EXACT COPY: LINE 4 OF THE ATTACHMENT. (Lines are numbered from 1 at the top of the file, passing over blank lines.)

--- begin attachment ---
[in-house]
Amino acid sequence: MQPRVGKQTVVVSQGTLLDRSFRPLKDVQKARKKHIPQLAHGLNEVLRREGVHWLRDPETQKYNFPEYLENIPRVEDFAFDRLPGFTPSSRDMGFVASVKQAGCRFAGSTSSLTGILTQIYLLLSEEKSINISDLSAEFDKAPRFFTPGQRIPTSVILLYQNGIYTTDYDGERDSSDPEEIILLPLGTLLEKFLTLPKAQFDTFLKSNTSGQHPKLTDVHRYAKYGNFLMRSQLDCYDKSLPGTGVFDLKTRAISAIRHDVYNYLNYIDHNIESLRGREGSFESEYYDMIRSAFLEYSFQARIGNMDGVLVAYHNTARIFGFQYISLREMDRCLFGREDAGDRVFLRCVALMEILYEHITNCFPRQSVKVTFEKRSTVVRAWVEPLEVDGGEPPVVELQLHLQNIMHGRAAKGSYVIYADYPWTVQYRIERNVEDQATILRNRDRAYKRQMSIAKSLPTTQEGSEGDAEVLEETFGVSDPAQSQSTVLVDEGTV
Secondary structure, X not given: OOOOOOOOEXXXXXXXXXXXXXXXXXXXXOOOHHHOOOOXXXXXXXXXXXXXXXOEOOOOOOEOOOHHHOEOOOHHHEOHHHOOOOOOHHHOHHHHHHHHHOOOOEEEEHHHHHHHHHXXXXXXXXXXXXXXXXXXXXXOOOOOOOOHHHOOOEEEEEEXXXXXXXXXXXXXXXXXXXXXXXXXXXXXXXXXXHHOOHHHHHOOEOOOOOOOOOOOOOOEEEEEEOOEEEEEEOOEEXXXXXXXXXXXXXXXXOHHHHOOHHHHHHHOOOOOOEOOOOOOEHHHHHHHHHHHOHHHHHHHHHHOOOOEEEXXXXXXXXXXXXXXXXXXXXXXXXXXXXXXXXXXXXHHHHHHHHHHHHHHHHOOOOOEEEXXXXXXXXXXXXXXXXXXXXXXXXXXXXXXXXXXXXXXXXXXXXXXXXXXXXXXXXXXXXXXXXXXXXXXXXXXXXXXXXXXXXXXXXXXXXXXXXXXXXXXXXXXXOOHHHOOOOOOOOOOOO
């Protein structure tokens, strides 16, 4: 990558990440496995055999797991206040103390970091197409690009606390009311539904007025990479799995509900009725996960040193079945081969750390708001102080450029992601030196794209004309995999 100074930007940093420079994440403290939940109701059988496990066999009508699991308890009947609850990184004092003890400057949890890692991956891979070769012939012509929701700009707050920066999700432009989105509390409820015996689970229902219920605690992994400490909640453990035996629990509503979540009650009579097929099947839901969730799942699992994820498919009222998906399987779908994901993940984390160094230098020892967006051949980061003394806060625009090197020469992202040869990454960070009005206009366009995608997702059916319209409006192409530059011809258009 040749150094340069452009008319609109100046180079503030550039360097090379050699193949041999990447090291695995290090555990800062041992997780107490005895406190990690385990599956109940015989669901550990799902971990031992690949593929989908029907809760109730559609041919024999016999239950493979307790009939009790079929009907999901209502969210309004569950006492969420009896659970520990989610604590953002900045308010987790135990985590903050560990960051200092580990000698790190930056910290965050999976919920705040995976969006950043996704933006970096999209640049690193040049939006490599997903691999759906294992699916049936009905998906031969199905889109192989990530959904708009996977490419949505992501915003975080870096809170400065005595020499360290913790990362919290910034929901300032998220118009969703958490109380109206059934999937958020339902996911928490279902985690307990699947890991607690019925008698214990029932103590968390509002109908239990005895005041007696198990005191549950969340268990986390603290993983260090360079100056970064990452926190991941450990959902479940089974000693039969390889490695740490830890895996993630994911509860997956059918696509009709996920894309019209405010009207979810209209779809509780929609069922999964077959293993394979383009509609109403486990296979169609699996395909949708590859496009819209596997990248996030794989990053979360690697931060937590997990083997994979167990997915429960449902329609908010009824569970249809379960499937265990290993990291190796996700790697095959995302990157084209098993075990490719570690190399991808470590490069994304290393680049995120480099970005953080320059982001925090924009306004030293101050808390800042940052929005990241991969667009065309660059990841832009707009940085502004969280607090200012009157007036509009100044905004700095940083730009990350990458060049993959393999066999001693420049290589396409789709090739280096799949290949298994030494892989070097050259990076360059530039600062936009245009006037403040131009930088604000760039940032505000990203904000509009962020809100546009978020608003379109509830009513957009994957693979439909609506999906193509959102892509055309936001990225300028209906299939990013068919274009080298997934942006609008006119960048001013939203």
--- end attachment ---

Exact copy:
């Protein structure tokens, strides 16, 4: 990558990440496995055999797991206040103390970091197409690009606390009311539904007025990479799995509900009725996960040193079945081969750390708001102080450029992601030196794209004309995999 100074930007940093420079994440403290939940109701059988496990066999009508699991308890009947609850990184004092003890400057949890890692991956891979070769012939012509929701700009707050920066999700432009989105509390409820015996689970229902219920605690992994400490909640453990035996629990509503979540009650009579097929099947839901969730799942699992994820498919009222998906399987779908994901993940984390160094230098020892967006051949980061003394806060625009090197020469992202040869990454960070009005206009366009995608997702059916319209409006192409530059011809258009 040749150094340069452009008319609109100046180079503030550039360097090379050699193949041999990447090291695995290090555990800062041992997780107490005895406190990690385990599956109940015989669901550990799902971990031992690949593929989908029907809760109730559609041919024999016999239950493979307790009939009790079929009907999901209502969210309004569950006492969420009896659970520990989610604590953002900045308010987790135990985590903050560990960051200092580990000698790190930056910290965050999976919920705040995976969006950043996704933006970096999209640049690193040049939006490599997903691999759906294992699916049936009905998906031969199905889109192989990530959904708009996977490419949505992501915003975080870096809170400065005595020499360290913790990362919290910034929901300032998220118009969703958490109380109206059934999937958020339902996911928490279902985690307990699947890991607690019925008698214990029932103590968390509002109908239990005895005041007696198990005191549950969340268990986390603290993983260090360079100056970064990452926190991941450990959902479940089974000693039969390889490695740490830890895996993630994911509860997956059918696509009709996920894309019209405010009207979810209209779809509780929609069922999964077959293993394979383009509609109403486990296979169609699996395909949708590859496009819209596997990248996030794989990053979360690697931060937590997990083997994979167990997915429960449902329609908010009824569970249809379960499937265990290993990291190796996700790697095959995302990157084209098993075990490719570690190399991808470590490069994304290393680049995120480099970005953080320059982001925090924009306004030293101050808390800042940052929005990241991969667009065309660059990841832009707009940085502004969280607090200012009157007036509009100044905004700095940083730009990350990458060049993959393999066999001693420049290589396409789709090739280096799949290949298994030494892989070097050259990076360059530039600062936009245009006037403040131009930088604000760039940032505000990203904000509009962020809100546009978020608003379109509830009513957009994957693979439909609506999906193509959102892509055309936001990225300028209906299939990013068919274009080298997934942006609008006119960048001013939203």